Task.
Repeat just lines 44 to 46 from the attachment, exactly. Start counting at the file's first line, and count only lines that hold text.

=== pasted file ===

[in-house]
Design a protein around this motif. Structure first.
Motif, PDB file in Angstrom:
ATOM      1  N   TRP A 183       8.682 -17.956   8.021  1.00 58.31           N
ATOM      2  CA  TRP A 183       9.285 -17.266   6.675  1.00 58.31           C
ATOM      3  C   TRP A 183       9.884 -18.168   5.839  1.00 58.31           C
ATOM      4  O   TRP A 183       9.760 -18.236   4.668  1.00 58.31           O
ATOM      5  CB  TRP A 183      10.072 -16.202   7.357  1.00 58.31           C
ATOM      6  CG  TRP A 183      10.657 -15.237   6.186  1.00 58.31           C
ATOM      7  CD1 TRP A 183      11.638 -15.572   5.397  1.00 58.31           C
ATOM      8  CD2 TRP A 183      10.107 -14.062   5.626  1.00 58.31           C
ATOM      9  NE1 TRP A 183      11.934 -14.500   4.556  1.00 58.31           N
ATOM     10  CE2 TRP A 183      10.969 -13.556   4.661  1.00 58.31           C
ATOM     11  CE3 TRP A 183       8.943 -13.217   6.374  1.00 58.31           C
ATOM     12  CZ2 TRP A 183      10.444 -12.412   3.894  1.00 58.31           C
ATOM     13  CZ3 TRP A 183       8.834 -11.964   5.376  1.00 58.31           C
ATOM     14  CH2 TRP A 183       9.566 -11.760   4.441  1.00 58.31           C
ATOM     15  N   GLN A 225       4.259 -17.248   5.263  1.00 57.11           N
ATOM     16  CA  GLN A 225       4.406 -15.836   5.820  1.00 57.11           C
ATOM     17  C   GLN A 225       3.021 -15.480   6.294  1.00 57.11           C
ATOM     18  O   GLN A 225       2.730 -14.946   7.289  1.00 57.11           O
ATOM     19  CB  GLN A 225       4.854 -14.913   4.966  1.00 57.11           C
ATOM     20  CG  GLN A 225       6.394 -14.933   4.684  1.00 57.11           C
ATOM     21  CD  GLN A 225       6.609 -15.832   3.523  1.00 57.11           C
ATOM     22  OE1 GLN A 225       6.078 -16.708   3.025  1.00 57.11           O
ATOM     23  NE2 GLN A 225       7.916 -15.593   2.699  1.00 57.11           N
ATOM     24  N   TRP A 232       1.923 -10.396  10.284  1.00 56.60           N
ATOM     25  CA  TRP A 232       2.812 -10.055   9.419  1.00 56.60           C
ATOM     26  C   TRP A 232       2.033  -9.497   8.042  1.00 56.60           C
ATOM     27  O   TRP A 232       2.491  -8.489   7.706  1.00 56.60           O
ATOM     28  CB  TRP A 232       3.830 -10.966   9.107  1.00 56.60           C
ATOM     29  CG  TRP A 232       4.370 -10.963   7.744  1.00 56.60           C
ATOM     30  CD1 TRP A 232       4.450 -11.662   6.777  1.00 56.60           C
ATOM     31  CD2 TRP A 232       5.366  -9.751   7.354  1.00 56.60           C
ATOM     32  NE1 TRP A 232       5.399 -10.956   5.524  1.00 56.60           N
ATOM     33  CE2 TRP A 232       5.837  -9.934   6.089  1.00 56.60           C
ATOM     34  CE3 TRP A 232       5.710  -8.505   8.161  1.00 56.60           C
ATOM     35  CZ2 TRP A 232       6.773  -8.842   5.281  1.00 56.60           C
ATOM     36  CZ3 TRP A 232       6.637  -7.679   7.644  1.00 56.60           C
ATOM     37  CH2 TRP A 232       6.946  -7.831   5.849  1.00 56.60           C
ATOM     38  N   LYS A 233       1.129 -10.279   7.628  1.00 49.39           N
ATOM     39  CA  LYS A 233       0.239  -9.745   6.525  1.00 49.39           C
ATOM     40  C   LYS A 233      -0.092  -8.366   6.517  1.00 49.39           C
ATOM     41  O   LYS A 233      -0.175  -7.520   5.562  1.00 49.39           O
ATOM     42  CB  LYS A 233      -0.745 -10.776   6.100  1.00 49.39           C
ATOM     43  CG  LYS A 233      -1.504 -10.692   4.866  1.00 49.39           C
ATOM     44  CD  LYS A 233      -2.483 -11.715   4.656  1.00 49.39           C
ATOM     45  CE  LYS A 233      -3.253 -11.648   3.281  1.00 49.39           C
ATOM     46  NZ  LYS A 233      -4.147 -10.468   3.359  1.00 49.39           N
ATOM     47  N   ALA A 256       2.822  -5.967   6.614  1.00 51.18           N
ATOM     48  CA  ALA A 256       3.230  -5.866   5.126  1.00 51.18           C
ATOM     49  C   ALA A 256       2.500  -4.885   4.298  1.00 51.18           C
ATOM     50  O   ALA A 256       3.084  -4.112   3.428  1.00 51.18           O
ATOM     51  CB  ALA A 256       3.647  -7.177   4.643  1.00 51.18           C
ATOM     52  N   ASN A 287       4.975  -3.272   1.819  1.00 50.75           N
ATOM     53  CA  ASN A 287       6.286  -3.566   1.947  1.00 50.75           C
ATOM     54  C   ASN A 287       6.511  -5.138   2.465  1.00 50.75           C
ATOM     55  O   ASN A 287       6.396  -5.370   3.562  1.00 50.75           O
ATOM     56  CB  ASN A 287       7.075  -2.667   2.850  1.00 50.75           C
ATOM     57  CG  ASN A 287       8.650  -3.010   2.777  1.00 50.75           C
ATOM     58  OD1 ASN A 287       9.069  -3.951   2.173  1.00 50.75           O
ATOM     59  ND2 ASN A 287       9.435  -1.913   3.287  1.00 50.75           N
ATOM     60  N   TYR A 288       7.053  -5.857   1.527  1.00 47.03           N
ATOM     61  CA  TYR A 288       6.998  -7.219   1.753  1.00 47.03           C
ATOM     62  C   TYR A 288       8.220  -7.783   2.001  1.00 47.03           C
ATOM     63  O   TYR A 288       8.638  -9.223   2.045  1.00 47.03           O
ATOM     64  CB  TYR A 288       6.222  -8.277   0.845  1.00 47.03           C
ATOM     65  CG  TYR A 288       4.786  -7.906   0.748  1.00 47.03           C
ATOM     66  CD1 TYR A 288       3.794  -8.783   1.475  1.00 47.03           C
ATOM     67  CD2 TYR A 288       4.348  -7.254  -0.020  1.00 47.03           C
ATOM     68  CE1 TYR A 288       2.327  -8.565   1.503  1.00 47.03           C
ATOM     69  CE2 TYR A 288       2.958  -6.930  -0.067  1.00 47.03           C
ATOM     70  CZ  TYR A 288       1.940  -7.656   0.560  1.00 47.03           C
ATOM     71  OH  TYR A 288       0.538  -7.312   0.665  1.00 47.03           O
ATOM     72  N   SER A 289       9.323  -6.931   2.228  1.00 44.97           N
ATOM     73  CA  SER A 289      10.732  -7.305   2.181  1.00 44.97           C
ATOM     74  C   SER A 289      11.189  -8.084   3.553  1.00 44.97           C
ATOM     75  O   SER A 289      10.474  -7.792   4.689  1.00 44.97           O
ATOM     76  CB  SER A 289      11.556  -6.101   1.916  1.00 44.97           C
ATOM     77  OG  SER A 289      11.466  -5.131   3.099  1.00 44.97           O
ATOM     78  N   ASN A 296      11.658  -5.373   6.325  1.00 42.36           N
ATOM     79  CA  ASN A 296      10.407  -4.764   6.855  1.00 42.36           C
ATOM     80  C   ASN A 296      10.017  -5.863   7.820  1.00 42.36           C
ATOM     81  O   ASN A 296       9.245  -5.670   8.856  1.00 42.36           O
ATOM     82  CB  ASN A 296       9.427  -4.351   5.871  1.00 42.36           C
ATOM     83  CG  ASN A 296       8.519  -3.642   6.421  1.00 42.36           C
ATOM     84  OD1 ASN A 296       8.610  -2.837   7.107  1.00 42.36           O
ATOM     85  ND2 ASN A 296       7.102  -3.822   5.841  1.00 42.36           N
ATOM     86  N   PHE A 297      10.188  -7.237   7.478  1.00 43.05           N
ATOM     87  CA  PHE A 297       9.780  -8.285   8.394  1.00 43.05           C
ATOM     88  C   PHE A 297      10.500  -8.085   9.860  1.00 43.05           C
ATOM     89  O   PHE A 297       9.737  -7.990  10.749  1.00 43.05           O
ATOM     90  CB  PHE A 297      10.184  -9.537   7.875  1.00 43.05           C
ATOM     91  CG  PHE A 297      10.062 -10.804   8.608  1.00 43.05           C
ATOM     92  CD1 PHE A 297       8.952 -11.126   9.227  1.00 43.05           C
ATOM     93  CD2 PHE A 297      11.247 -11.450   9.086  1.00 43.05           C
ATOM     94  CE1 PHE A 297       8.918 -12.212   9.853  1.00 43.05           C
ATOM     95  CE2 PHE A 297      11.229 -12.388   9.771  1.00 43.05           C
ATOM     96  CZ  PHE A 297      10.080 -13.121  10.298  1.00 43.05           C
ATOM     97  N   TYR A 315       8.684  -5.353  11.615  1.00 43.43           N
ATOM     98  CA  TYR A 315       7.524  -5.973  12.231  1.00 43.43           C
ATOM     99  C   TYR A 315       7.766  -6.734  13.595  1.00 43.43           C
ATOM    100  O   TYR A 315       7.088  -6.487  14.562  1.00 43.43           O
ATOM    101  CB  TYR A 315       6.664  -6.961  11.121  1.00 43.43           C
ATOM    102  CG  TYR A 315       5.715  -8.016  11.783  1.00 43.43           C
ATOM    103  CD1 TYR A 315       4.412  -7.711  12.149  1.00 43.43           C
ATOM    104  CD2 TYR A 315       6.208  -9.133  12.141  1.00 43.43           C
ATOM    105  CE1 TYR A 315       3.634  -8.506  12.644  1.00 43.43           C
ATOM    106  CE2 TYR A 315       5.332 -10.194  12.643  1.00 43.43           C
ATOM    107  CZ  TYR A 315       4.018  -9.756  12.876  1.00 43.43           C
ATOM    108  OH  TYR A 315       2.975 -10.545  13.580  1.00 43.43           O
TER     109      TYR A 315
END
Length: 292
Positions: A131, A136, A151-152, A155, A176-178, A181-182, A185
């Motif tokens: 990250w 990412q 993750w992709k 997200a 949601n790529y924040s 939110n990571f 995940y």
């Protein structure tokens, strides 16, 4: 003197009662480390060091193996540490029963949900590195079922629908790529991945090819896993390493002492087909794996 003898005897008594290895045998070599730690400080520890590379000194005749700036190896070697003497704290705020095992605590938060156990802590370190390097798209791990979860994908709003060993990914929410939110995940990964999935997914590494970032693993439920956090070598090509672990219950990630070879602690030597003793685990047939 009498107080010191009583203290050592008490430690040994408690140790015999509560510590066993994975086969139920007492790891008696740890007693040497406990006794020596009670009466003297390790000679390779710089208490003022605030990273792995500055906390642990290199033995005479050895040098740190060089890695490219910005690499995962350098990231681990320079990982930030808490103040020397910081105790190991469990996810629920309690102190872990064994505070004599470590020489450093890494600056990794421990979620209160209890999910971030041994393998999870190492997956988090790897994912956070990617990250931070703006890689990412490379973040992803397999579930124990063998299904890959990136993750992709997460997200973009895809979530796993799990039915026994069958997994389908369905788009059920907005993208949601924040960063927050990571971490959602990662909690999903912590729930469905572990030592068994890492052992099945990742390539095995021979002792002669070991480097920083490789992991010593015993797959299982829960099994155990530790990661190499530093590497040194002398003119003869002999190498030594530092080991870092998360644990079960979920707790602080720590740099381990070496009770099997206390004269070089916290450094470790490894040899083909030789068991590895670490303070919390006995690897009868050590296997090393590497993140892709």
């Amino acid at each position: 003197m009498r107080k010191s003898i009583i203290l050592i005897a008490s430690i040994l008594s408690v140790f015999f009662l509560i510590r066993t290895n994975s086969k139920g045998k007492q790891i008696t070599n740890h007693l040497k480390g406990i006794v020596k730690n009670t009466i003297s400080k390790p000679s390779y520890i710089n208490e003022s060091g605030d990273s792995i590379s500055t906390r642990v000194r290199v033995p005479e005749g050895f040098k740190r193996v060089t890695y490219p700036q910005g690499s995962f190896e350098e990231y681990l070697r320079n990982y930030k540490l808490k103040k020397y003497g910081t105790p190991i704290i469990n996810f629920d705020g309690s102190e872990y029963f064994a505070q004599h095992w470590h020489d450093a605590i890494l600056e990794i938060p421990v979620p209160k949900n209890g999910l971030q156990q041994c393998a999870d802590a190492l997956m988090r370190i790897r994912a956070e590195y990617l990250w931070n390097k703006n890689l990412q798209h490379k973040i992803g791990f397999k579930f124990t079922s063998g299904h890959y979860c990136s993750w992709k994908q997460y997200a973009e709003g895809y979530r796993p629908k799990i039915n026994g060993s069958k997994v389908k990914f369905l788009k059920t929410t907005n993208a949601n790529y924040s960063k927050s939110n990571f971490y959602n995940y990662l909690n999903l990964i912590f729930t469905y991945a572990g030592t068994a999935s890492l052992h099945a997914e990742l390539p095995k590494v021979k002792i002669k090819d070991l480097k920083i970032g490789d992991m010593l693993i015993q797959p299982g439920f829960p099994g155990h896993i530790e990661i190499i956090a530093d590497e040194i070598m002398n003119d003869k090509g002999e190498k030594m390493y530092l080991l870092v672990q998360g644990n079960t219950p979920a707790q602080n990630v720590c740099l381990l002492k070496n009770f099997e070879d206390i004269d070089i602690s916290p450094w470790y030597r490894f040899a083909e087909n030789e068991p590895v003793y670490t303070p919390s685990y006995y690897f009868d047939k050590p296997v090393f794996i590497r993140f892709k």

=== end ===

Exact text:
ATOM     41  O   LYS A 233      -0.175  -7.520   5.562  1.00 49.39           O
ATOM     42  CB  LYS A 233      -0.745 -10.776   6.100  1.00 49.39           C
ATOM     43  CG  LYS A 233      -1.504 -10.692   4.866  1.00 49.39           C